Boeing warns it will take $2.05B hit

Two Boeing 787 test planes pass at Boeing Field in Seattle in October 2010. The company built six test versions of the Dreamliner. It has decided it won’t refurbish and sell the last two.

Boeing Co. warned shareholders it will take a $2.05 billion earnings hit when it announces financial results next week, in part because the planemaker has decided it won’t refurbish and sell its last two 787 test jets.

The accounting charges also involve the 747-8 air-cargo and KC-46 aerial tanker programs.

The company announced the balance sheet maneuvering after the U.S. stock market closed Thursday. Its shares fell more than 1 percent to about $132 in after-hours trading.

“These are the right, proactive decisions to strengthen our business going forward,” Boeing CEO Dennis Muilenburg said in a written statement.

Boeing had planned to sell the two seven-year-old 787 Dreamliners after refurbishing and modifying them for commercial use. Scuttling that plan will result in a charge of $847 million, or $1.33 per share. The costs are being written off as research and development expenses.

Boeing built six of the test Dreamliner planes. The first three were donated after Boeing determined they would have no commercial value because of the way they were modified. One was sold.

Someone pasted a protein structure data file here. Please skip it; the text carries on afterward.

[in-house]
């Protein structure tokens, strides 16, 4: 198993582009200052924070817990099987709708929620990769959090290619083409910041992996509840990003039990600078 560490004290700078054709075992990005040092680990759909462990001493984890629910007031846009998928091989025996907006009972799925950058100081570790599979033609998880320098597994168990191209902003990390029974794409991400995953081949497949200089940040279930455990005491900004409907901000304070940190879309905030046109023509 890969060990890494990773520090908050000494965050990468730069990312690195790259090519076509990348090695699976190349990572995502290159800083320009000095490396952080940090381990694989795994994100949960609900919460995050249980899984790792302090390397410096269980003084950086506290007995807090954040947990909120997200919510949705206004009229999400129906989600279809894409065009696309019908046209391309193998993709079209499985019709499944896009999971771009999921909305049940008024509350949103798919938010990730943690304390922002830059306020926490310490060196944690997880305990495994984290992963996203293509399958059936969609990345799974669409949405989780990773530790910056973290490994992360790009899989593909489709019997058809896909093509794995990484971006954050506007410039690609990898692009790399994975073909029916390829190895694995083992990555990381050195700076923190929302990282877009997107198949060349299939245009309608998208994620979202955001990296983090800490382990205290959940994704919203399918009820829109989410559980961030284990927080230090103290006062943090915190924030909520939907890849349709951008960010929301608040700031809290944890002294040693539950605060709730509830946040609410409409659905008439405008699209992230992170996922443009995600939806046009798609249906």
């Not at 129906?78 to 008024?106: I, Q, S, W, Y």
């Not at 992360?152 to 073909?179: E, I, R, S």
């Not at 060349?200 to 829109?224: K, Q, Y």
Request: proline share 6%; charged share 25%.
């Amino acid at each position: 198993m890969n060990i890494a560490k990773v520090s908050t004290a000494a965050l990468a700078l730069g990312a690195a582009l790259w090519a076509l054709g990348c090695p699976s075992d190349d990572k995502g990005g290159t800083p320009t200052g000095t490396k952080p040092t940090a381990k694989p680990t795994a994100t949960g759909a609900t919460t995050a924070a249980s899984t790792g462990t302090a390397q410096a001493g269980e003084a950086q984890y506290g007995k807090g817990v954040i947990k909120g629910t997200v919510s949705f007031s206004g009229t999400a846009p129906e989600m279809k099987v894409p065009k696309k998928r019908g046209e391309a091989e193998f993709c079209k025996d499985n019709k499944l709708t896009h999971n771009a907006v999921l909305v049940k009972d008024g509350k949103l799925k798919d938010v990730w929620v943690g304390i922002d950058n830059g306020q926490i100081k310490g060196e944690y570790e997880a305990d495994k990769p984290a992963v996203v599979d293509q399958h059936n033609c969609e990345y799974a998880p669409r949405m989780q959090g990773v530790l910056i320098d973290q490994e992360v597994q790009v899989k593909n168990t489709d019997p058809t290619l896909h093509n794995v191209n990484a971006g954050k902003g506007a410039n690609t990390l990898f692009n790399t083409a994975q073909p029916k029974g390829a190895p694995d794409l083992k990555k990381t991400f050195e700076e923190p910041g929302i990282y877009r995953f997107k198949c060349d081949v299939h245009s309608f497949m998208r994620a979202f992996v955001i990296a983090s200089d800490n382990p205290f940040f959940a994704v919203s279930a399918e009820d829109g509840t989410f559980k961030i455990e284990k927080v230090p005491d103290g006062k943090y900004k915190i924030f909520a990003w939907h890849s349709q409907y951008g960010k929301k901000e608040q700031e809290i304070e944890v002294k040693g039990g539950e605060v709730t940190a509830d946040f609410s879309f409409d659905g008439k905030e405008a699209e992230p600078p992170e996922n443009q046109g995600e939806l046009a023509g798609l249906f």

The company said the remaining two were made in 2009. Since then, they “have been used extensively for flight and ground testing, with both airplanes achieving more than 6,700 flight and ground-testing hours combined,” according to the statement.

“Our investment in 787 flight test airplanes paved the way for the growing Dreamliner fleet today and helped refine improvements for other platforms,” Muilenburg said.

Boeing has not determined what it will do with the airplanes, spokesman Chaz Bikers said.

The jets were made at the company’s commercial aircraft manufacturing hub in Everett, Wash. The aerospace giant also assembles the 787 in North Charleston, where the first South Carolina-made Dreamliner rolled out of the hangar in April 2012.

Locally, Boeing employs about 8,000 workers.

The company, which celebrated its 100th anniversary on July 15, releases its second-quarter earnings Wednesday. For that same period a year ago, Boeing reported a $1.11 billion profit.

In addition to the Dreamliner decision, the company plans to take an $814 million charge for its 747-8 as it nixes plans to double production of the big cargo jet to one a month in 2019.

“On the 747 program, we continue to monitor the air cargo market and aggressively drive productivity and cost reduction as we work to win additional orders to support ongoing production,” Muilenburg said.

Boeing also expects to book a $393 million loss from the KC-46, a delayed aerial refueling tanker it is building for the U.S. Air Force. That reflects higher costs associated with previously announced schedule and technical challenges, the company said.

Finance chief Greg Smith called the accounting charges “prudent actions that reflect market realities, reduce future financial risk and ultimately drive value to our shareholders.”

Contact John McDermott at 843-937-5572.